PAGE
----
With legal aid cuts hitting minority-friendly areas of the bar, is it time to give up your legal dreams?
The potential effects of the cuts to legal aid, brought in on 1 April, have been well documented. What has not been publicised is the disproportionately negative effect the cuts could have on diversity at the bar.
The areas of the bar most under threat from legal aid cuts are those that often attract candidates from under-represented backgrounds.
“Many female and BME [black and minority ethnic] barristers work in family and criminal law, where the majority of cases are publicly-funded,” says Maura McGowan QC, chairman of the Bar Council.
The lack of information about the chancery or commercial bar is one reason for this. The strict criteria for mini-pupillages are another, as some write off their chances before they have even started.
Emmanouela Mylonaki, director of postgraduate studies at London South Bank University, says family, immigration and criminal law are known to be less lucrative than their commercial counterparts.
“These are not necessarily the most lucrative areas to practise in, hence connections play a small role, so it is easier for under-represented groups to practise therein,” she says. “I would agree that it is a field where minorities thrive.”
Although these areas were not as lucrative as chancery or commercial work, until now they provided a relatively stable form of income for many, both from typical and atypical backgrounds.
No5 Chambers family barrister Fayyaz Afzal says the cuts’ impact has not yet been felt, but this will change. “There are cases that already have the benefit of funding and that are working through the system. The true impact will be felt six to 12 months down the line when the current lot go.”
He believes the cuts will do greater harm than good to the public. “I know it’s asking the taxpayer to bear a greater burden but isn’t that what a fair society is about?” he asks. “Everyone pays in and at a time of distress those in need can access help.”
“It will not save as much as the Government predicts because litigants in person are going to clog up the court system. Things are going to be delayed and judges will have to spend more time on cases as they will have to manage them more. It is going to restrict access to justice for everyone and resources will have to be ploughed in to combat that.”
Afzal agrees the cuts will disproportionately affect those from BME backgrounds. “There is more chance for ethnic minority backgrounds and pupils from a different socioeconomic background in the areas of crime, family and immigration,” he says. “And those are the areas which are most affected by the legal aid changes.”
McGowan adds: “The removal of legal aid in many types of cases, coupled with the prospect of savage cuts to fees, will have a disproportionate effect on female and BME barristers. This could have long-term consequences for diversity at the bar and, ultimately, the judiciary. It concerns me to think that the hard work the bar has undertaken to increase diversity within the profession, is seriously under threat and that much of the good that has been done will be undone.”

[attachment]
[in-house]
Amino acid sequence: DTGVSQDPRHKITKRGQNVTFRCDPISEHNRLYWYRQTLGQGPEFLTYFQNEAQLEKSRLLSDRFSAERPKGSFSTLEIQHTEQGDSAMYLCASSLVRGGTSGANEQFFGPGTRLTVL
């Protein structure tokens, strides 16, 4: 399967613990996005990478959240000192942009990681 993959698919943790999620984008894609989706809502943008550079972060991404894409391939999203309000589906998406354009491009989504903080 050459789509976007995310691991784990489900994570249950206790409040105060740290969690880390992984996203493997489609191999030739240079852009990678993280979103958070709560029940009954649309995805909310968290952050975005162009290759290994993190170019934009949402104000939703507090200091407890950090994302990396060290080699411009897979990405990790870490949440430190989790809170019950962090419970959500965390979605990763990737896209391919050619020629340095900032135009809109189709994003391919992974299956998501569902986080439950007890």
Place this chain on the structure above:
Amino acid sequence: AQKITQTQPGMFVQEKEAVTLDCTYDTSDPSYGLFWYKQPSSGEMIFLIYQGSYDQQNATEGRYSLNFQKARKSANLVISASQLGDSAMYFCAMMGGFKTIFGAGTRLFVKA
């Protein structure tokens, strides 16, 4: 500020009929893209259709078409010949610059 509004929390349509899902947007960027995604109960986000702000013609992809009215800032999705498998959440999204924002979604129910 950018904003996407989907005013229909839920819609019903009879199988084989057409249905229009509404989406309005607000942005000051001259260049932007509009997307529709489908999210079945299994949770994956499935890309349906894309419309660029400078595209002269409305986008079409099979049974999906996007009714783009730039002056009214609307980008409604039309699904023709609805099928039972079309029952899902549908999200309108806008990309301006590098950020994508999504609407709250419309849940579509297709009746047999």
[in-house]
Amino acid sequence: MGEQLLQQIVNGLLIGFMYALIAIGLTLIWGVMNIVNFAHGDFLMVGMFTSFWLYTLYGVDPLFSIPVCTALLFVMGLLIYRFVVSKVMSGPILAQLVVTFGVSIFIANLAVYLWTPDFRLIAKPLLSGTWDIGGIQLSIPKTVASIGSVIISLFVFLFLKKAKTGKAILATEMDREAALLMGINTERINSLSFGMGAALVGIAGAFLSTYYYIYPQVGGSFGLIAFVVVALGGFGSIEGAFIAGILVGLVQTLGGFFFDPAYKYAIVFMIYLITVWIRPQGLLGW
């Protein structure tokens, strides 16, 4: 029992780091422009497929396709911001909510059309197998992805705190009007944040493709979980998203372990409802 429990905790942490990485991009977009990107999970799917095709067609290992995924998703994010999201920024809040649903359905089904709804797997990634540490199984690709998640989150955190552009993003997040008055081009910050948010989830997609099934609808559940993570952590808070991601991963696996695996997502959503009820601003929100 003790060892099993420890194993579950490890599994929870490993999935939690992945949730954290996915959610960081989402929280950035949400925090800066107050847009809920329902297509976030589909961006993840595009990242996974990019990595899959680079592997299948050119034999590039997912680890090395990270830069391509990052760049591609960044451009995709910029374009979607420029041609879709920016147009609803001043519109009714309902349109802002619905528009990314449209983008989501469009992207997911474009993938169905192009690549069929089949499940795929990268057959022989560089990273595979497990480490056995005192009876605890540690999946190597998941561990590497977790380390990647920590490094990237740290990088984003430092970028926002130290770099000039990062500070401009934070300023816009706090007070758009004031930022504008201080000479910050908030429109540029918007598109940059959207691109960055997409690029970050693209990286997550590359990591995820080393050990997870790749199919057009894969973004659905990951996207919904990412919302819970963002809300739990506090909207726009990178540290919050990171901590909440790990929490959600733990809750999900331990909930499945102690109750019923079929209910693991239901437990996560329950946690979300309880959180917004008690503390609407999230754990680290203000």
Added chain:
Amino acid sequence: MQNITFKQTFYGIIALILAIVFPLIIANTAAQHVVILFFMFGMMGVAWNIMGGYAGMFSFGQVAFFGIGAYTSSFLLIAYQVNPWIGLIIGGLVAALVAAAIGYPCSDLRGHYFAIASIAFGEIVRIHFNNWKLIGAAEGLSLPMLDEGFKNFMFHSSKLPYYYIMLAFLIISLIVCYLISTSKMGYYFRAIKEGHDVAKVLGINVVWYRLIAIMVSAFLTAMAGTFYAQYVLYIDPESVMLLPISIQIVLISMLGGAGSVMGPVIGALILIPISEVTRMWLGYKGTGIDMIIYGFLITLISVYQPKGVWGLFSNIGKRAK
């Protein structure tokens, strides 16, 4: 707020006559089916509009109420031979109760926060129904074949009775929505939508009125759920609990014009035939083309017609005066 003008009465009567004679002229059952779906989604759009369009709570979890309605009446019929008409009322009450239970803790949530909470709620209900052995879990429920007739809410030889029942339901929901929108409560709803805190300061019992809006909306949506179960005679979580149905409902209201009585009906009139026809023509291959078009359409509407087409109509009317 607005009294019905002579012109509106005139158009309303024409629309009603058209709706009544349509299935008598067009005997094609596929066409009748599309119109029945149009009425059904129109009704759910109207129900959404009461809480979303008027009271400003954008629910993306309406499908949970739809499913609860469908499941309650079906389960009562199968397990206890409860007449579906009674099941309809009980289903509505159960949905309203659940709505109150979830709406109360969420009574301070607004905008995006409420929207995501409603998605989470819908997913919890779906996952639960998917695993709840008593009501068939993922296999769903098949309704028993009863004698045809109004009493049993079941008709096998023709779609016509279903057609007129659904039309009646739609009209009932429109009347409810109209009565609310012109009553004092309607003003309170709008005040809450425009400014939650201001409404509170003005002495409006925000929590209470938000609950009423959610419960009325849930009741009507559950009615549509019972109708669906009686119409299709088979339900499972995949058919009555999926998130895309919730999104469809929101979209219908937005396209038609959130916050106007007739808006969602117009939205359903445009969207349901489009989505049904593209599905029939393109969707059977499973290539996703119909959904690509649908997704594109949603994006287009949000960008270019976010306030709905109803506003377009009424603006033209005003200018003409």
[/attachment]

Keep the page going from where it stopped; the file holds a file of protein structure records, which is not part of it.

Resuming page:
The picture for those keen to enter the family, immigration and criminal bar does not look good, but then the career prospects of would-be barristers have never looked too rosy.
Around one quarter of Bar Professional Training Course (BPTC) graduates gain pupillage with a chambers. Add to that the graduates from previous BPTC cohorts who did not gain pupillage first time around and you begin to get an idea of the bottleneck at the lower end of the profession.
The current fear is that as the amount of work reduces, so will the number of pupillages.
“The worry is that when these cuts do bite and people realise their true severity, pupillage numbers will reduce,” Afzal confirms. “The barristers’ profession is different to that of a solicitor. Our pupils do not earn us any money, so when barristers’ earnings come down they will be less inclined to sanction pupillages. They may reduce numbers.”
Charter Chambers has decided not to fund pupillages from 2014. “We’ve decided it would actually be irresponsible to offer pupillages,” says director of chambers Ian Payn. “So after lengthy discussion and a lot of regret, we’re not going to.”
For those further up the ladder, the outlook is not so bleak but it is still a tough time to be gaining experience in the profession.
Once barristers have a few years’ experience they are viable candidates for in-house roles or other alternatives to the self-employed route. But getting experience is a challenge and young barristers will be competing with experienced practitioners if work dries up or law firms keep advocacy work in-house to keep their fee-earners busy.
So what should a barrister-to-be do? Mylonaki believes most prospective barristers will carry on regardless. “I don’t think a prospective barrister looks at cuts to legal aid and decides to desist from plans for a career in the bar,” she says. “Anyone dreaming of being a barrister has their sights set on this profession the day they decide to study law. This never dies, especially for financial reasons.”
Afzal takes a more pragmatic approach. “The bar is trying its best to warn people of their chances,” he says. “There’s still a lack of awareness. Students need to be very mindful of how difficult it is – the statistics do not look good.”
He admits, however, that he himself would never have been dissuaded by statistics or bad prospects. “Because I wanted it so much I would have carried on,” he says.